Sam Taylor argued that Scotland should not be exactly like Japan because GDP has fallen and wages have stagnated. Which is true, but such a criticism is irrelevant. I’m not arguing Scotland should be exactly like Japan and the issues raised were not caused by Japan owning most of their debt. The reason Japan has suffered from falling GDP is due to brain drain, companies moving manufacturing overseas and an aging population. For example by 2020 Japan will be losing 600,000 a year. These are challenges faced by the Japanese economy, but ones not created by the point I raised.

Taylor went on to argue “The structure of Japan’s economy is radically different to Scotland. The same goes for demographics and culture.” This is actually a counter argument to his original point. For example the main reason Japanese wages are stagnating is due to unions refusing significant pay rises, not because the economy is doing poorly. Most workers prefer to negotiate more preferable working conditions like lower work hours and holidays rather than nominal raises. Japan is very much a collectivist culture that would seek prosperity for society over individualist thinking.Taylor should also not be so quick to dismiss Japan’s economy. Their investment spending is growing. There is growing contributions to growth. Consumer and business confidence is rising. Real wages are growing steadily. GDP per head is also growing. Japan’s billionaires only own 3% of the total wealth. The reality is, despite the many challenges they face, Japan is doing well. You can read more on Japanese data by clicking here.

4) You can’t name other examples of countries that managed high deficits, and if you can it doesn’t count because it was under the Bretton Woods system.

I faced further criticism from Sam Taylor when I cited the UK and US as countries that successfully managed high deficits post-WW2 (for example the US ran deficits of up to 27% of GDP during the war). He argued “You’re just embarrassing yourself now. Post WW2 USA and UK were operating under the Bretton Woods system, which is the complete antithesis of MMT. To claim that period is an example of the successful application of MMT is laughable.”

Let’s help Sam out here. First, Bretton Woods was essentially a dollar standard. Gold constraint was not binding at the time. We suspended domestic conversion in 1933, which actually saw large gold inflows from other countries buying weapons and war machines from the US. So this was much less of an issue. Secondly, there is a difference between a fiscal constraint and a limiting factor at any given moment. On a gold standard, the government has to take steps to protect its gold supply. But if the gold supply is not currently in serious danger then the government has more flexibility than usual. Look at China today: they fix to the dollar but they have accumulated an enormous amount of dollars. Is anybody seriously thinking they are on the verge of running out? They can run larger deficits than they might otherwise be able to. Sam is wrong to view it like a light switch from fixed exchange rate to floating. It’s a spectrum. You can read more on the Bretton Woods system by clicking here.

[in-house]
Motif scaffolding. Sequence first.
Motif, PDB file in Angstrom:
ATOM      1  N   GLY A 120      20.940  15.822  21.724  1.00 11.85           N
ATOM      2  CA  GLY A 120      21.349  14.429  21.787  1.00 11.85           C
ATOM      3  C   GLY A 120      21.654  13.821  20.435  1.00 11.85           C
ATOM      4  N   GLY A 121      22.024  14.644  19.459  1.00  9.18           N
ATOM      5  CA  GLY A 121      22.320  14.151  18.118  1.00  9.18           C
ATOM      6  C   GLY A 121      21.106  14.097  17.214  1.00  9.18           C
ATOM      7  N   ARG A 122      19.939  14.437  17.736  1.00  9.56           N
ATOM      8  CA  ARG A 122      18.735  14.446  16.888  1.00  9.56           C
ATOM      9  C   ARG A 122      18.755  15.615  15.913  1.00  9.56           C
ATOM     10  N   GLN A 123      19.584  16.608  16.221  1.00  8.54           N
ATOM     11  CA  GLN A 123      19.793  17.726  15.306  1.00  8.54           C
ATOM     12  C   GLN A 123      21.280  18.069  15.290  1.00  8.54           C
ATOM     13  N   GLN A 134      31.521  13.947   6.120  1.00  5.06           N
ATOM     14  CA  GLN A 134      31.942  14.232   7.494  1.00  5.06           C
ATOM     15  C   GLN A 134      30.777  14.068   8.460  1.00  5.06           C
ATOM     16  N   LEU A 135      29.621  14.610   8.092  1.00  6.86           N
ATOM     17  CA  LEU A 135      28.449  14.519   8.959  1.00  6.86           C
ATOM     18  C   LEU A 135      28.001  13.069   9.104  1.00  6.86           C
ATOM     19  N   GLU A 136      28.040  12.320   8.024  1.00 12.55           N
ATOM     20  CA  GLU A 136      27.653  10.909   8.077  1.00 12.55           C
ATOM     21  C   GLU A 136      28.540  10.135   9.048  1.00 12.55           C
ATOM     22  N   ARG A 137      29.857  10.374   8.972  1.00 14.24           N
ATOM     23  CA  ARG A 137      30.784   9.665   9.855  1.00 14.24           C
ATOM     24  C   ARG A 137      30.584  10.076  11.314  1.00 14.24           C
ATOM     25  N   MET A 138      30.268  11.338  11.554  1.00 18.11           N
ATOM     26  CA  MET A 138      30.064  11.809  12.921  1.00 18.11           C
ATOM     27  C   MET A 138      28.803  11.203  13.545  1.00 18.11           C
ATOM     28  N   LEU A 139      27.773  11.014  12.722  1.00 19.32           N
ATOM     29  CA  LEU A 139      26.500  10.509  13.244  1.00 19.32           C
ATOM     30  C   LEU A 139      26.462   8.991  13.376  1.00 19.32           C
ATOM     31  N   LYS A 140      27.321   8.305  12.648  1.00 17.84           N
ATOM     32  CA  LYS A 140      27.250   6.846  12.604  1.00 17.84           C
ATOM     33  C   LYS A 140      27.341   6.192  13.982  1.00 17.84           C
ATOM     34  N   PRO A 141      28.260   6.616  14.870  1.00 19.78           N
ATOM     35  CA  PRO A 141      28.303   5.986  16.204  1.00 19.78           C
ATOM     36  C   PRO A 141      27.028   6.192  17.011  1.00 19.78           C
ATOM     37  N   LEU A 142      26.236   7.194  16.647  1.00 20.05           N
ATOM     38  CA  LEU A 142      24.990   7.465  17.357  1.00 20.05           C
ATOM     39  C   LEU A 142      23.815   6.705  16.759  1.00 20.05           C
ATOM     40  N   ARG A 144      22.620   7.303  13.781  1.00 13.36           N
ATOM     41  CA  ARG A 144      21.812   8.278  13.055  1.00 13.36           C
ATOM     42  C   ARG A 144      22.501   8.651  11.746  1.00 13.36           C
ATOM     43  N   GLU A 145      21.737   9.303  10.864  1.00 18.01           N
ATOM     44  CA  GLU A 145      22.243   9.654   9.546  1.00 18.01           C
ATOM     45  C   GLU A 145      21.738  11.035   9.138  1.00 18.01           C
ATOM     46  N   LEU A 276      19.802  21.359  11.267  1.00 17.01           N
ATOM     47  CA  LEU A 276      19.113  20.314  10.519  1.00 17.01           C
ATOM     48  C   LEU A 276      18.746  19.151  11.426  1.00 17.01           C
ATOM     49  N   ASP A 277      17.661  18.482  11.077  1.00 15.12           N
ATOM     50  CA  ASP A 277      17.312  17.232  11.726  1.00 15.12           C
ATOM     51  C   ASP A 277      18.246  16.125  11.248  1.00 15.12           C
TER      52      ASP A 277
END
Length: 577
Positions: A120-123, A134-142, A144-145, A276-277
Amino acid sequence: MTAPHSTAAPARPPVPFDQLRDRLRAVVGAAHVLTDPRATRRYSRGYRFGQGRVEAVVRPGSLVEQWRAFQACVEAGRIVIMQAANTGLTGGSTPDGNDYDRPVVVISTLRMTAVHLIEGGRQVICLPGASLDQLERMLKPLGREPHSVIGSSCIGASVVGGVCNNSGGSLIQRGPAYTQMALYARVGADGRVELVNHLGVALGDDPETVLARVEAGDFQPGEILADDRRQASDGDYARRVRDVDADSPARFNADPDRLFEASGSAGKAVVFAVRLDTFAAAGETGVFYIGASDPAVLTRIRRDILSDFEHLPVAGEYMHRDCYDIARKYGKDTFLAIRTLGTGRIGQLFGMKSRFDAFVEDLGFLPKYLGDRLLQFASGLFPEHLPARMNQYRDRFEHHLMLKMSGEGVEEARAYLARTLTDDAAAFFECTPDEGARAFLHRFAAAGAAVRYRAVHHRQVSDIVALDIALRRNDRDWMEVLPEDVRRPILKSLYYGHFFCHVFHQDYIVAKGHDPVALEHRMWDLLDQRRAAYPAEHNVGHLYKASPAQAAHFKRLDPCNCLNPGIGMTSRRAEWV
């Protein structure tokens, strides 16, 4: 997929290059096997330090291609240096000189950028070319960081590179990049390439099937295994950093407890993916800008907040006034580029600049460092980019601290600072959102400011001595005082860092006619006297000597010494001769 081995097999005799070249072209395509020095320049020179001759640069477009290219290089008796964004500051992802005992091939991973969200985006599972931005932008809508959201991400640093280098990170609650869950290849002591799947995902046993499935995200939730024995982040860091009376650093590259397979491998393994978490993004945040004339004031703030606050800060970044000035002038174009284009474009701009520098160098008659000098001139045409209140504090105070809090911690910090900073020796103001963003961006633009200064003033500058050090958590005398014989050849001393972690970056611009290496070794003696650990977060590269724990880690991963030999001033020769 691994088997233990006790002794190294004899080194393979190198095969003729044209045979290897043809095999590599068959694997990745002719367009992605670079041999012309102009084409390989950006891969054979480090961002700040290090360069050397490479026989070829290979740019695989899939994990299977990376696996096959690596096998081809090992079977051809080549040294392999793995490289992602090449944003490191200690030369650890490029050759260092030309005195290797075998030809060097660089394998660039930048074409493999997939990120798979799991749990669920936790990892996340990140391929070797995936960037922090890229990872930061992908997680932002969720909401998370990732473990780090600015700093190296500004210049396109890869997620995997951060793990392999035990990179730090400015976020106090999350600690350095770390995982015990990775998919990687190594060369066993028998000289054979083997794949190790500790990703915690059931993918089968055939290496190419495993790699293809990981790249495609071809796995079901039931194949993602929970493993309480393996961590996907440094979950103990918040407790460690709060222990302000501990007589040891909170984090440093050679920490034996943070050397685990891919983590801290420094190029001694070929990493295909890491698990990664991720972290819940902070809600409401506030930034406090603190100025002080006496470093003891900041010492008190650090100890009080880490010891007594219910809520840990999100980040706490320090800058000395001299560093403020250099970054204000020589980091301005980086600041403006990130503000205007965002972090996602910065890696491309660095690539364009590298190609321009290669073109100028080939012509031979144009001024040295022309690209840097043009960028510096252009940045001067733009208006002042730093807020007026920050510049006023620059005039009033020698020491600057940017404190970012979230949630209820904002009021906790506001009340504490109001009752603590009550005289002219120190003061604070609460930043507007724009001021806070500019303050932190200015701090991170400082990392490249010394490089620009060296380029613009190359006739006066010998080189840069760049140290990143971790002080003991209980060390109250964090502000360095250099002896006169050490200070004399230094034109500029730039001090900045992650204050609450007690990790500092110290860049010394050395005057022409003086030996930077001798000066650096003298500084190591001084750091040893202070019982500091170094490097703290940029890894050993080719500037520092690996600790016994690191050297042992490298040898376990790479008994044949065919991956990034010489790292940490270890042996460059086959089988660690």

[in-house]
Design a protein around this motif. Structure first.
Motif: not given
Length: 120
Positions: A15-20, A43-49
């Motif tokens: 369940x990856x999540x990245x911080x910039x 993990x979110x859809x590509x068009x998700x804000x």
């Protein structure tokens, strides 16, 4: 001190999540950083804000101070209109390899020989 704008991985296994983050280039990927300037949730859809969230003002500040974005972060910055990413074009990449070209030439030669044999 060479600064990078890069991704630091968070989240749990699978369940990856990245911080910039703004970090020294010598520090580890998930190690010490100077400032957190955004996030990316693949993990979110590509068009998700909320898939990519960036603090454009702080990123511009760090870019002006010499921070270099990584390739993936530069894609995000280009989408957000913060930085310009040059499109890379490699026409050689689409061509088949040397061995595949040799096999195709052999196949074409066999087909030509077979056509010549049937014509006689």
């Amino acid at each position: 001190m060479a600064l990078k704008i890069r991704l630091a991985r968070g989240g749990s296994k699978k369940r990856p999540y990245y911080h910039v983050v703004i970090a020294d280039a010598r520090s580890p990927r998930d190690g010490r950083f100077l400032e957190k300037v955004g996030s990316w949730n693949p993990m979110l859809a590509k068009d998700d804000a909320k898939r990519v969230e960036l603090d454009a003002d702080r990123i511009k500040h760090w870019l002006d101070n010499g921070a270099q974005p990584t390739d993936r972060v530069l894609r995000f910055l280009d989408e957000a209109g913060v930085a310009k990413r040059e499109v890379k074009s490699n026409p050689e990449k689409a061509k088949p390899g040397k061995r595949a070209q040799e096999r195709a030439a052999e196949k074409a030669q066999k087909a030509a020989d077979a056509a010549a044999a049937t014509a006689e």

5) What about the fiscal transfer? Doesn’t Scotland need to find the money to cover it if we become independent?

It’s an odd critique, because it would seem obvious why this isn’t a major issue with MMT. If we are using our own currency then why “find money”? You don’t need to raise taxes to raise revenue, tax can primarily be used to tackle inflation. In the case of an independent Scotland the question “Where would Scotland, that has monetary sovereign government, get the money from?” is a lazy one. What we should be asking ourselves is “Does Scotland have the labour and resources to maintain decent deficit spending?” If there are not enough workers, factories, cars, clothes, food, fuel and so on, then the money is junk. Yet if we do have those things, and they are not being used, then the money needed to put them to work can always be created.

I welcome the criticism that has come my way. It has allowed me to write more on my position as a Modern Monetary Theory and also have a better understanding of the worries people may have. Yet one can see why hardcore unionists hate the MMT argument. When you suddenly turn the deficit argument upside down it creates a positive case for independence.